Regularly staying late at the office significantly increases the risk of having a stroke or heart attack, researchers have found.
Working just an hour extra each day pushes up stroke risk by 10 per cent, according to a huge review of working patterns.
And people who work an extra three hours a day - or 55 hours a week - are 33 per cent more likely to have a stroke, the scientists found.
The research, published in the Lancet medical journal, is based on health records of more than 500,000 people across Europe, the US and Australia.
英国伦敦大学学院（University College London）牵头组织的科学家警告称，相比工作、生活较平衡的人来说，长时间工作的人往往缺乏运动，在电脑前一坐就是好几个小时，过量饮酒。
Scientists led by University College London warned that people who work longer hours tend to do less exercise, sit at a computer for hours at a time, and drink more than people with a better work-life balance.
Repeated stress may also be to be blame for greater health problems, the scientists think.
They looked at the combined result of 17 previous studies, in which 529,000 people were tracked over an average of seven years.
They found that people working 41 to 48 hours a week were 10 per cent more likely to suffer a stroke than those who worked a typical 35 to 40-hour week.
People who worked 49 to 54 hours a week had a 27 per cent increased chance of suffering a stroke.
And those who worked 55 or more hours were 33 per cent more likely to fall victim.
The researchers also looked at the link between hours worked and the risk of coronary heart disease, including heart attacks and angina.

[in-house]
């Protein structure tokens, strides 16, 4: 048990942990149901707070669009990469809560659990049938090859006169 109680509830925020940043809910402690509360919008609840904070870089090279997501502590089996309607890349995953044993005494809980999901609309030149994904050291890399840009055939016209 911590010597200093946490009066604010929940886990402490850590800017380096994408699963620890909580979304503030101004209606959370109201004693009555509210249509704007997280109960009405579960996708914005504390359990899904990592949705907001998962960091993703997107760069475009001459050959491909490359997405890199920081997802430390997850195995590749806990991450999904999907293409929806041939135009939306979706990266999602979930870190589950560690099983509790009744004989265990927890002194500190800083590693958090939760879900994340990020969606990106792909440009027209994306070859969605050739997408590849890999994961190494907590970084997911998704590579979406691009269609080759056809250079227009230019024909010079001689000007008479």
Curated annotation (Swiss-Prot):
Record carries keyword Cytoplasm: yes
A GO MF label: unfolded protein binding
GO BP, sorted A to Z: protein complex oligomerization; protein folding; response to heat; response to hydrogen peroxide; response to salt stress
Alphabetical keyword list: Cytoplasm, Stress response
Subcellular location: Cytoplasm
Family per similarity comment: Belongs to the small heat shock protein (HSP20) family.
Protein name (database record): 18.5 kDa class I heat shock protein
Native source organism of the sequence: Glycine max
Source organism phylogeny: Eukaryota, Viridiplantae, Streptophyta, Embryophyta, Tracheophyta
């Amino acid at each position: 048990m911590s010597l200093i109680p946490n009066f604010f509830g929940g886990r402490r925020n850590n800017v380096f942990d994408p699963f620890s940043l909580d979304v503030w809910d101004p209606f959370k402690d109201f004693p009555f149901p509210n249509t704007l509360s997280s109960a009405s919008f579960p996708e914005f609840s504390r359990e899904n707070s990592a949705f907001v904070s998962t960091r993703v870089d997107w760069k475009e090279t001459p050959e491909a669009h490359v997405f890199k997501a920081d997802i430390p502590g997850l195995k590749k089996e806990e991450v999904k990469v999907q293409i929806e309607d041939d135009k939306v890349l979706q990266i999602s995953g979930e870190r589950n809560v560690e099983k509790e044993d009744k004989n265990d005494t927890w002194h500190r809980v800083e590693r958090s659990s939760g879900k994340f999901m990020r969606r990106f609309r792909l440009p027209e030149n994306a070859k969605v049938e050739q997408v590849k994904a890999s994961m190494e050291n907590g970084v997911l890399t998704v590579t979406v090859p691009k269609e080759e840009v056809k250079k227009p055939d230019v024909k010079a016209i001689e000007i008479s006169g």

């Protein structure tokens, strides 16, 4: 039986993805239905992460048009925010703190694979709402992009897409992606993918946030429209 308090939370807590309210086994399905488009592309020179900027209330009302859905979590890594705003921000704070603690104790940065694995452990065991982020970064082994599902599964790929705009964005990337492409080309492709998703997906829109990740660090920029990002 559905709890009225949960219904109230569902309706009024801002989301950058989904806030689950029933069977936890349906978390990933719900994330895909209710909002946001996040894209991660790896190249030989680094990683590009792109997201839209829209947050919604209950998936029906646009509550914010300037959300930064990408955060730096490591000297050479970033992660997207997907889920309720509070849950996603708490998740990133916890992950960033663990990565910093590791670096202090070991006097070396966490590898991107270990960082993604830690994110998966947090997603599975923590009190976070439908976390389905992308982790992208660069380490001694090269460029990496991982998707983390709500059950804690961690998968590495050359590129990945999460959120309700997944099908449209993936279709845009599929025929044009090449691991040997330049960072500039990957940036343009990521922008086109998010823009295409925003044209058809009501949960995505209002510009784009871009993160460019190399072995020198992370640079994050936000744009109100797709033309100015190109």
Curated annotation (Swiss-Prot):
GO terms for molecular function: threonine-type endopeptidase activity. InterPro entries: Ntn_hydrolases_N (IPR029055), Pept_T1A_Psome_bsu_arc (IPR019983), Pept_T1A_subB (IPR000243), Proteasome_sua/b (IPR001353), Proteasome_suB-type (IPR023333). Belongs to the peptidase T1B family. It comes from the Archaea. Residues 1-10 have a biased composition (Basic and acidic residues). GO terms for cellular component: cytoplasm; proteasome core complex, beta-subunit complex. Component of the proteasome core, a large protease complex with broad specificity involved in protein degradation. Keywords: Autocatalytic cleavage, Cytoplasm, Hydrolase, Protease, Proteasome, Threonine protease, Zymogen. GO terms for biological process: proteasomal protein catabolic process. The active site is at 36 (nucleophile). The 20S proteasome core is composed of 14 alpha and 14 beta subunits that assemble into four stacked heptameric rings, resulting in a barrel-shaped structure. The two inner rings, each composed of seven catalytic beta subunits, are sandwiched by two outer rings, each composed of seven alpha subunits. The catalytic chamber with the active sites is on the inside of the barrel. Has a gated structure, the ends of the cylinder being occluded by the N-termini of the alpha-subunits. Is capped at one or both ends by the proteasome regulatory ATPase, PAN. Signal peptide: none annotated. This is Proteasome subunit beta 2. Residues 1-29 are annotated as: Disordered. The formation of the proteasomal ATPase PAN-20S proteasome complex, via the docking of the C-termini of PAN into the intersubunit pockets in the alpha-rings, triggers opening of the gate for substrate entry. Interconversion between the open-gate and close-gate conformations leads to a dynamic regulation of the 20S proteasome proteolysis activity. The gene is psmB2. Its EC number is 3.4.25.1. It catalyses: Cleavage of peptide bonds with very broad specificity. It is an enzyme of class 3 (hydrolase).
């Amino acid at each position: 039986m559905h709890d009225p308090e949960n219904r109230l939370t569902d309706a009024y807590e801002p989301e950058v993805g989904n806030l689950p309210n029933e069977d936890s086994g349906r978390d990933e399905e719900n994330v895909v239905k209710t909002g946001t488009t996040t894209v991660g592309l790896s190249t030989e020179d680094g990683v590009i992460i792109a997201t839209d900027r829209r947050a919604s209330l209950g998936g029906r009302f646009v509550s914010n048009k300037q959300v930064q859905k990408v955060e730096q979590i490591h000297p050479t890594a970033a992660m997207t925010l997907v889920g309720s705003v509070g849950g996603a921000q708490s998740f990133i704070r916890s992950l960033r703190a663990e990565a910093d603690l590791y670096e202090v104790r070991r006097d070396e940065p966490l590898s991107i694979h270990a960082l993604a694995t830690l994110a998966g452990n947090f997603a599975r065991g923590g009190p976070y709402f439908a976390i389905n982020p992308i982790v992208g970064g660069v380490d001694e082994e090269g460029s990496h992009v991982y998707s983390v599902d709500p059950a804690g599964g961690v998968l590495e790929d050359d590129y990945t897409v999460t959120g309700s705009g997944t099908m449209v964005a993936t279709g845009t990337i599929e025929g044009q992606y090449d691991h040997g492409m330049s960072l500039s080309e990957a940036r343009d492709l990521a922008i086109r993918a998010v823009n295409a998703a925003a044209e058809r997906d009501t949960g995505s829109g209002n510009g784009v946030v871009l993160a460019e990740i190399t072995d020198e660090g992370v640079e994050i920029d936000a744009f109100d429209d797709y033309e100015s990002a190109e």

Those who worked more than 55 hours a week had a 13 per cent increased risk of heart disease, they found.
The authors wrote: 'Sudden death from overwork is often caused by stroke and is believed to result from a repetitive triggering of the stress response.
‘Behavioural mechanisms, such as physical inactivity, might also link long working hours and stroke; a hypothesis supported by evidence of an increased risk of incident stroke in individuals who sit for long periods at work.’
Lead author Professor Mika Kivimaki, from University College London, said: ‘The pooling of all available studies on this topic allowed us to investigate the association between working hours and cardiovascular disease risk with greater precision than has previously been possible.
'Health professionals should be aware that working long hours is associated with a significantly increased risk of stroke, and perhaps also coronary heart disease.'
Experts stressed that the study had only found a link between hours worked and heart problems - it had not proved what had actually caused each death.
But they warned people to take note of the findings.
蒂姆·奇科（Tim Chico）博士是谢菲尔德教学医院（Sheffield Teaching Hospitals）的心脏科顾问医师，他说：“对于很多人来说，减少工作时间很难甚至是不可能的，而且该研究也未表明这样就可以降低中风的危险。”
Dr Tim Chico, consultant cardiologist at Sheffield Teaching Hospitals, said: ‘For many people, reducing their working hours would be difficult or impossible, and this study does not show that it would reduce the risk of stroke.
‘Most of us could reduce the amount of time we spend sitting down, increase our physical activity and improve our diet while working and this might be more important the more time we spend at work.
'We should all consider how the working environment could be altered to promote healthy behaviour that will reduce strokes, irrespective of how long we work.'
英国心脏基金会（the British Heart Foundation）的迈克·耐普顿（Mike Knapton）博士对这项研究提供了部分资助，他表示：“这项研究提醒医生在诊治长时间工作的患者时，尤其要注意他们患心血管疾病的风险。”
Dr Mike Knapton of the British Heart Foundation, which part-funded the study, said: 'This study highlights to doctors that they need to pay particular attention to cardiovascular risk factors when they advise people who work long hours.'
英国中风协会（the Stroke Association）的沙米姆·卡迪尔（Shamim Quadir）博士补充道：“长时间工作可能造成人们久坐不动、承受巨大压力，导致照料自己的时间减少。”
Dr Shamim Quadir of the Stroke Association added: 'Working long hours can involve sitting for long periods of time, experiencing stress and leads to less time available to look after yourself.'